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El Rojo
February 4, 2000, 01:12 AM
I am getting ready to compete in the CRPA service rifle shoot. Does anyone know what
the course of fire is? I was told the targets are 6'x6' and you shoot standing, kneeling,
and prone from 200, 300, and 600 meters. Anyone who has the specifics on how these
courses usually go I would appreciate the info. Good shooting.

------------------
Get Some!

Skip
February 4, 2000, 05:38 AM
Try http://www.arizona.rifleshooting.com/ It's got course descriptions, tips for beginners, and links to other sites.

Unkel Gilbey
February 4, 2000, 11:55 AM
If this course of fire is anything like the National Match course, then the course of fire will be as follows...

The match is fired on a "Decimal target" meaning that the max value for a shot is 10 points with the center "X" being used for tie breakers. The minimum score on the target is a 5 and outside that is a miss. The target frame is 6' x 6', the target's themselves are 'bullseyes' which are sized for the different distances. I can't remember exactly what the minute size is (how many minutes of angle the black is wide) but the 200 bull is 12 inches wide. The distances used are 200, 300, and 600 yards.

200 yard Slowfire. 20 rounds, single shot, off hand with two initial sighters. Typical time to fire this is 15-18 minutes with a max time of 20 minutes. Each shot is scored with a spotter to show point of impact, and a scoring spotter to show the value of the shot. An "X" is a spotter in the lower left hand corner, with the other values going around in a counter clockwise manner. ie: "10" is dead center on the bottom, etc.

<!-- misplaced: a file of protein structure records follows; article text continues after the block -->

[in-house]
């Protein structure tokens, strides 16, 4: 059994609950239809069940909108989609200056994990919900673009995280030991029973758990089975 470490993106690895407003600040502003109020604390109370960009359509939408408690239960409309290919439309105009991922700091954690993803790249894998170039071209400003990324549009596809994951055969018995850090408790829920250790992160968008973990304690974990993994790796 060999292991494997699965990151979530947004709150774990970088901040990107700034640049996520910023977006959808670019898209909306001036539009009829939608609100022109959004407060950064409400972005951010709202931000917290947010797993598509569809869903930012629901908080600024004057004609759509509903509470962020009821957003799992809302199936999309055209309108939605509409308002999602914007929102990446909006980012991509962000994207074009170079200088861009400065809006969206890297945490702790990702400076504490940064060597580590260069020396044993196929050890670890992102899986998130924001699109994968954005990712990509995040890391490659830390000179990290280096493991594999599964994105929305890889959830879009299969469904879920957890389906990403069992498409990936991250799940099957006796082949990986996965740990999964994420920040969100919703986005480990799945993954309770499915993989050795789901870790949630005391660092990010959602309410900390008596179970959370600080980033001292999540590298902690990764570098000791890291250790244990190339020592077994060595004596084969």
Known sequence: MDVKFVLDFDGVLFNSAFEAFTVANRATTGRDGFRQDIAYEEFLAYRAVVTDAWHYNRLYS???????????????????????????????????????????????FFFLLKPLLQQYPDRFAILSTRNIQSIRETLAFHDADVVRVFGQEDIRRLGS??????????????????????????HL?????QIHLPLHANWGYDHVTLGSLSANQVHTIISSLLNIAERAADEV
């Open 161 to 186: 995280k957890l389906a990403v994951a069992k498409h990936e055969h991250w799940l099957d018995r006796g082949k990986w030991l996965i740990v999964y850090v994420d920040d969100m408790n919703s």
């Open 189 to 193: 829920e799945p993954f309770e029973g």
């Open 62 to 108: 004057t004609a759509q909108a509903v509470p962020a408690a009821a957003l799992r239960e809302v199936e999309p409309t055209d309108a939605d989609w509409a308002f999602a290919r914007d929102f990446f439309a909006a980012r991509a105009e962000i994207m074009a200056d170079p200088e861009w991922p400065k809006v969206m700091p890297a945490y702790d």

200 yard Rapid fire. Standing to sitting in 60 seconds. Same target as the 200 slow fire. 10 rounds with a magazine change. The second mag has to come out of a pouch. Typical loading is 2 rounds in the first mag, and 8 in the second. This (I'm told) is a hold over from when M1 Garands ruled the course. Of course, if you are using a bolt gun, it has to be 5 and 5. You will shoot 2 strings of 10 rounds. There is an opportunity to fire some sighters (2) before the rapid fire strings to get the proper windage.

300 Rapid fire. New Target, slightly bigger black than the 200 bull. 10 rounds, standing to prone in a time limit of 70 seconds with a magazine change. 2 strings of 10 rounds for a total of 20 rounds. There is an opportunity to fire two sighters before the strings to get the right windage dope.

MOve all your stuff back to the 600 for the 600 Slowfire match. 20 rounds in a time limit of 20 minutes with two sighters. New target again, and the same scoring method is used as in the 200 Slow fire.

I forgot to mention the method of scoring used during the "Raps" After the targets are pulled back into the pits, the shot holes are counted (very important!) then spotted, and the score is written on a small black board and hung on the target frame to give the actual breakdown of the string. "5-X's, 4-10's, and 1-M" This way, if there is a tight group where all the shots cannot be distinguished from one another, you can at least know the values of the hits.

Total rounds needed to fire... 88. Total time to fire? Depends on how many competitors, and whether or not you have paid Butt Pullers (Target pullers!) If there are more than 50 shooters - then the better part of the day, starting at first light - will be used.

It's recommended that you have some means of conveying your gear back and forth between the lines, a 20 power spotting scope for scoring and gauging the wind, and a scoring and plotting book. This last item is really important because it will give you your sight settings for each yard line, light conditions, wind conditions, temp's, etc, etc, etc!!!

This is a highly addictive sport that you are embarking on, you will probably be daunted by your first experience, after all, 600 yards is a LOOOONNNNNGGGGG way to be shooting with iron sights! But once you get the hang of it, and start to advance through the ranks, you will find that the Rifle shooters are a really good family, who will bend over backwards to help you out when you need it. I Love it, and shoot at it when ever I have a chance. There is no better feeling then putting your first sighter at the 600 dead center in the X ring - and all because you knew the weapons dope, and got a good read on the wind. Good luck!

Unkel Gilbey - frustrated NRA High Power Expert!